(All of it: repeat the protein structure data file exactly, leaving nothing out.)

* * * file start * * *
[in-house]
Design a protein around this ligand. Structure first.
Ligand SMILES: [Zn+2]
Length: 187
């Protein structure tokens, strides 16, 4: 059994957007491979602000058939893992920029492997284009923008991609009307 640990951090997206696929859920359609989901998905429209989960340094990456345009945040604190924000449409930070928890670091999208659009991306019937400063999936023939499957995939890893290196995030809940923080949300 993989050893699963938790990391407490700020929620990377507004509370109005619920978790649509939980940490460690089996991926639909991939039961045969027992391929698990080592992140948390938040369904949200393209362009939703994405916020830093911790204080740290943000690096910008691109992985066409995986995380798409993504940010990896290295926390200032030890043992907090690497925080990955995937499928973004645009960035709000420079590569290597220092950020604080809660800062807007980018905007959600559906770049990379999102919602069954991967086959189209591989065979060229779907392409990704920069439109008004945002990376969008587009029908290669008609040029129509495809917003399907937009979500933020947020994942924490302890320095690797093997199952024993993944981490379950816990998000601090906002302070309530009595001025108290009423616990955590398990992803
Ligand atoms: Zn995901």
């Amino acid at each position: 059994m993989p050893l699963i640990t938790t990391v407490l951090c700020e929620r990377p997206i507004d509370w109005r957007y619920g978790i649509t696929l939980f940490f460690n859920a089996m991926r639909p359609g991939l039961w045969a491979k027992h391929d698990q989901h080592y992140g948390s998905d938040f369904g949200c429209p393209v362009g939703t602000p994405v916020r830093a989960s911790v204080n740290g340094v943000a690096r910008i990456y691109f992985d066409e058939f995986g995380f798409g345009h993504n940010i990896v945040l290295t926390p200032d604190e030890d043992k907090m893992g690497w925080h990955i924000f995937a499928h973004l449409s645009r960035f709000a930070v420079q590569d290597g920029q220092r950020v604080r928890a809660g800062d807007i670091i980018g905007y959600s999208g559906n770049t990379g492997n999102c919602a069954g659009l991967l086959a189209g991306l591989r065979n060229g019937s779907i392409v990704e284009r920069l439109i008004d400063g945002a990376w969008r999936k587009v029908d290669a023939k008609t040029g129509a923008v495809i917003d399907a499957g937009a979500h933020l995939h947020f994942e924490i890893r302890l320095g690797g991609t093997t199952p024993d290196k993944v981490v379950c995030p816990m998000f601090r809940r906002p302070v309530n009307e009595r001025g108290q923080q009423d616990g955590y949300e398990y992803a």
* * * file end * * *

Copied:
[in-house]
Design a protein around this ligand. Structure first.
Ligand SMILES: [Zn+2]
Length: 187
């Protein structure tokens, strides 16, 4: 059994957007491979602000058939893992920029492997284009923008991609009307 640990951090997206696929859920359609989901998905429209989960340094990456345009945040604190924000449409930070928890670091999208659009991306019937400063999936023939499957995939890893290196995030809940923080949300 993989050893699963938790990391407490700020929620990377507004509370109005619920978790649509939980940490460690089996991926639909991939039961045969027992391929698990080592992140948390938040369904949200393209362009939703994405916020830093911790204080740290943000690096910008691109992985066409995986995380798409993504940010990896290295926390200032030890043992907090690497925080990955995937499928973004645009960035709000420079590569290597220092950020604080809660800062807007980018905007959600559906770049990379999102919602069954991967086959189209591989065979060229779907392409990704920069439109008004945002990376969008587009029908290669008609040029129509495809917003399907937009979500933020947020994942924490302890320095690797093997199952024993993944981490379950816990998000601090906002302070309530009595001025108290009423616990955590398990992803
Ligand atoms: Zn995901």
């Amino acid at each position: 059994m993989p050893l699963i640990t938790t990391v407490l951090c700020e929620r990377p997206i507004d509370w109005r957007y619920g978790i649509t696929l939980f940490f460690n859920a089996m991926r639909p359609g991939l039961w045969a491979k027992h391929d698990q989901h080592y992140g948390s998905d938040f369904g949200c429209p393209v362009g939703t602000p994405v916020r830093a989960s911790v204080n740290g340094v943000a690096r910008i990456y691109f992985d066409e058939f995986g995380f798409g345009h993504n940010i990896v945040l290295t926390p200032d604190e030890d043992k907090m893992g690497w925080h990955i924000f995937a499928h973004l449409s645009r960035f709000a930070v420079q590569d290597g920029q220092r950020v604080r928890a809660g800062d807007i670091i980018g905007y959600s999208g559906n770049t990379g492997n999102c919602a069954g659009l991967l086959a189209g991306l591989r065979n060229g019937s779907i392409v990704e284009r920069l439109i008004d400063g945002a990376w969008r999936k587009v029908d290669a023939k008609t040029g129509a923008v495809i917003d399907a499957g937009a979500h933020l995939h947020f994942e924490i890893r302890l320095g690797g991609t093997t199952p024993d290196k993944v981490v379950c995030p816990m998000f601090r809940r906002p302070v309530n009307e009595r001025g108290q923080q009423d616990g955590y949300e398990y992803a």